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Title:
REFERENCE VOLTAGE GENERATOR FOR TEMPERATURE SENSOR WITH TRIMMING CAPABILITY AT TWO TEMPERATURES
Document Type and Number:
WIPO Patent Application WO/2015/119973
Kind Code:
A1
Abstract:
A temperature sensor circuit has a reference voltage generator that is trimmable at two temperatures for increased accuracy. The reference voltage generation section generates a reference voltage, the level of which is trimmable. A voltage divider section is connected to receive the reference voltage from the reference voltage generation section and generate a plurality of comparison voltage levels determined by the reference voltage and a trimmable resistance. An analog-to-digital converter can then be connected to a temperature dependent voltage section to receive the temperature dependent output voltage, such as a proportional to absolute temperature type (PTAT) behavior, and connected to the voltage divider section to receive the comparison voltage levels. The analog to digital converter generates an output indicative of the temperature based upon a comparison of the temperature dependent output voltage to the comparison voltage levels.

Inventors:
MATSUMOTO, Masahide (2-39-16 Tamagawadai #405, Setagaya, Tokyo, 158-0096, JP)
YAMASHITA, Ryuji (1702-5-307 Higashi-Naganuma, Inaghi-shi, Tokyo, 207-0802, JP)
Application Number:
US2015/014319
Publication Date:
August 13, 2015
Filing Date:
February 03, 2015
Export Citation:
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Assignee:
SANDISK TECHNOLOGIES INC. (Two Legacy Town Center, 6900 North Dallas ParkwayPlano, Texas, 75024, US)
International Classes:
G11C7/04; G01K7/01; G01K15/00
Foreign References:
US20080091378A12008-04-17
US20070171956A12007-07-26
US20050105367A12005-05-19
US20070098041A12007-05-03
US7889575B22011-02-15
US8228739B22012-07-24
US20080158969A12008-07-03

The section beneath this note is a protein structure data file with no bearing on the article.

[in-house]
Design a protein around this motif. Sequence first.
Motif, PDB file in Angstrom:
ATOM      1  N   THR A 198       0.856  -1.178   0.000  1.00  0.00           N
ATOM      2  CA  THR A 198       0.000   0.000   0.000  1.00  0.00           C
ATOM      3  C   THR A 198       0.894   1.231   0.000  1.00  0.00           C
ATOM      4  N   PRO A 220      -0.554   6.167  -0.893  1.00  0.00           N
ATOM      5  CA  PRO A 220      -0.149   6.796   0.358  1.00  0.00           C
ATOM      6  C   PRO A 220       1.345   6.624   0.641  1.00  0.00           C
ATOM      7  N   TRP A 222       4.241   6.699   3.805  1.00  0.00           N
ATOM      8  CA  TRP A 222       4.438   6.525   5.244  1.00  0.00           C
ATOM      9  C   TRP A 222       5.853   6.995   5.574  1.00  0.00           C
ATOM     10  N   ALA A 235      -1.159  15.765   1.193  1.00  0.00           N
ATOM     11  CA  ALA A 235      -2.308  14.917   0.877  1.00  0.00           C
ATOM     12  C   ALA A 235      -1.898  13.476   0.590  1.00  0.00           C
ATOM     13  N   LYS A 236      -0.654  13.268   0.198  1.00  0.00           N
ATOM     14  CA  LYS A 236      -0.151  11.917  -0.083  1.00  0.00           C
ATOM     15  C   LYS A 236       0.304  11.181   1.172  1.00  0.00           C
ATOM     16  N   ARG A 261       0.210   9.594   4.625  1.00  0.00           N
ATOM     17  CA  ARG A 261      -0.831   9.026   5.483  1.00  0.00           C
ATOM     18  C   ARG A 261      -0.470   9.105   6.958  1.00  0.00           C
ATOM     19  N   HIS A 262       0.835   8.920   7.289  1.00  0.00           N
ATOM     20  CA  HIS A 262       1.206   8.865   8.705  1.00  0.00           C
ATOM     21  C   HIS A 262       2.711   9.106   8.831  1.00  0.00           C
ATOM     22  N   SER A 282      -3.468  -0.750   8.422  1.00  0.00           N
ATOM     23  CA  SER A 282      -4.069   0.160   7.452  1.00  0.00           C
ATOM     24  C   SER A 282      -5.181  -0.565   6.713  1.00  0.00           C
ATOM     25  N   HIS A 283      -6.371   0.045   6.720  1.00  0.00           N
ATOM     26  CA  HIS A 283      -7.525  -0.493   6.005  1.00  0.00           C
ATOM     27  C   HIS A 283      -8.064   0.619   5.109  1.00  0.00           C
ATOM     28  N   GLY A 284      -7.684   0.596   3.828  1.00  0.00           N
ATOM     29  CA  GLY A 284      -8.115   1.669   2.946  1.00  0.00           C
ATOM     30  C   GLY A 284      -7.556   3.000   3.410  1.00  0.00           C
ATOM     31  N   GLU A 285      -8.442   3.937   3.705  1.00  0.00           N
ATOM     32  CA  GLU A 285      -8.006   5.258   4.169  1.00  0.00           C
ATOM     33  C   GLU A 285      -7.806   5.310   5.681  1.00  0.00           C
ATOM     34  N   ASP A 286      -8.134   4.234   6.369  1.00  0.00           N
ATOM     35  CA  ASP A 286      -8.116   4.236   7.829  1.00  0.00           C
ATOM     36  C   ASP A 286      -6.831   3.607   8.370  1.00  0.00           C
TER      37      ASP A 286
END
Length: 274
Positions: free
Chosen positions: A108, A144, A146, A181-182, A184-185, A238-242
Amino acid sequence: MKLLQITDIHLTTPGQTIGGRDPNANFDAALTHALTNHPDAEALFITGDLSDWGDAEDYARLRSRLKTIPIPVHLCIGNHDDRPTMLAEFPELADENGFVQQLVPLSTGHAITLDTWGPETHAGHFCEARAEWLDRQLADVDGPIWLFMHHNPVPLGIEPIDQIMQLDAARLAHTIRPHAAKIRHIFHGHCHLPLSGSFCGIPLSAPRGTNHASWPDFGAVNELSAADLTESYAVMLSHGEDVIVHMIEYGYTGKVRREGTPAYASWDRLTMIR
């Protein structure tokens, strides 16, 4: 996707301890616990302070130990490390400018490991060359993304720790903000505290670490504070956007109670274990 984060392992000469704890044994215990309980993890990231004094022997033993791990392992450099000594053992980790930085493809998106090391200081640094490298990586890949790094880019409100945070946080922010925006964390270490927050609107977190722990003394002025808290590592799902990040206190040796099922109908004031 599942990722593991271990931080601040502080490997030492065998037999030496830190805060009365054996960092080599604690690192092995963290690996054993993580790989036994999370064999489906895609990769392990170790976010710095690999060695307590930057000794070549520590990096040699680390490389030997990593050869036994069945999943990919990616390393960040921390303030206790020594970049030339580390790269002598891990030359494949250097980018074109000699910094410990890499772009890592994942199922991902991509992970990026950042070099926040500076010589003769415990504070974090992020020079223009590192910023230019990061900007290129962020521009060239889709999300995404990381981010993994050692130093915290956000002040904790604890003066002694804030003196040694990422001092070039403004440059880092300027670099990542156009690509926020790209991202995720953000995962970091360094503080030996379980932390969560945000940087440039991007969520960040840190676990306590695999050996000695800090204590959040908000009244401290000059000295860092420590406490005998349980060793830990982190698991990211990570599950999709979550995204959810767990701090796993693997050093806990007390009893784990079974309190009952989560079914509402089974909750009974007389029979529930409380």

US5570315A1996-10-29
US5903495A1999-05-11
US6046935A2000-04-04
US201113323703A2011-12-12
US201414153794A2014-01-13
US201414149601A2014-01-07
Attorney, Agent or Firm:
CLEVELAND, Michael G. et al. (Davis Wright Tremaine LLP1201 Third Avenue Suite 220, Seattle Washington, 98101-3045, US)
Download PDF:
Claims:
IT IS CLAIMED:

1. A temperature sensor circuit comprising:

a temperature dependent voltage section providing an output voltage having a linear type dependence on temperature;

a reference voltage generation section generating a reference voltage, wherein the level of the reference voltage is trimmable;

a voltage divider section connected to receive the reference voltage from the reference voltage generation section and generate therefrom a plurality of comparison voltage levels having a first level determined by the reference voltage and a second level dependent upon a first trimmable resistance, the second level being lower than the first; and

an analog to digital converter connected to the temperature dependent voltage section to receive the temperature dependent output voltage and connected to the voltage divider section to receive the comparison voltage levels, wherein the analog to digital converter generates an output indicative of the temperature based upon a comparison of the temperature dependent output voltage to the comparison voltage levels.

2. The temperature sensor circuit of claim 1, wherein the output voltage of the temperature dependent voltage section has a proportional to absolute temperature type behavior.

3. The temperature sensor circuit of claim 1, wherein the output voltage of the temperature dependent voltage section has an inverse proportional to absolute temperature type behavior.

4. The temperature sensor circuit of claim 1, wherein the temperature dependent voltage section's output voltage is generated using a band gap circuit. 5. The temperature sensor circuit of claim 1, wherein the voltage divider section includes a set of series connected elements connected between a supply level and ground, including:

a first transistor whose gate voltage is based on the reference voltage; the first trimmable resistance; and

a plurality of resistances connected in series, where the series of resistances is connected to the supply level through the first transistor and connected to ground through the first trimmable resistance, and wherein the comparison voltage levels are taken from nodes between the elements of the set of series connected elements.

6. The temperature sensor circuit of claim 5, wherein the first transistor is a first PMOS transistor. 7. The temperature sensor circuit of claim 6, wherein the voltage divider section further includes: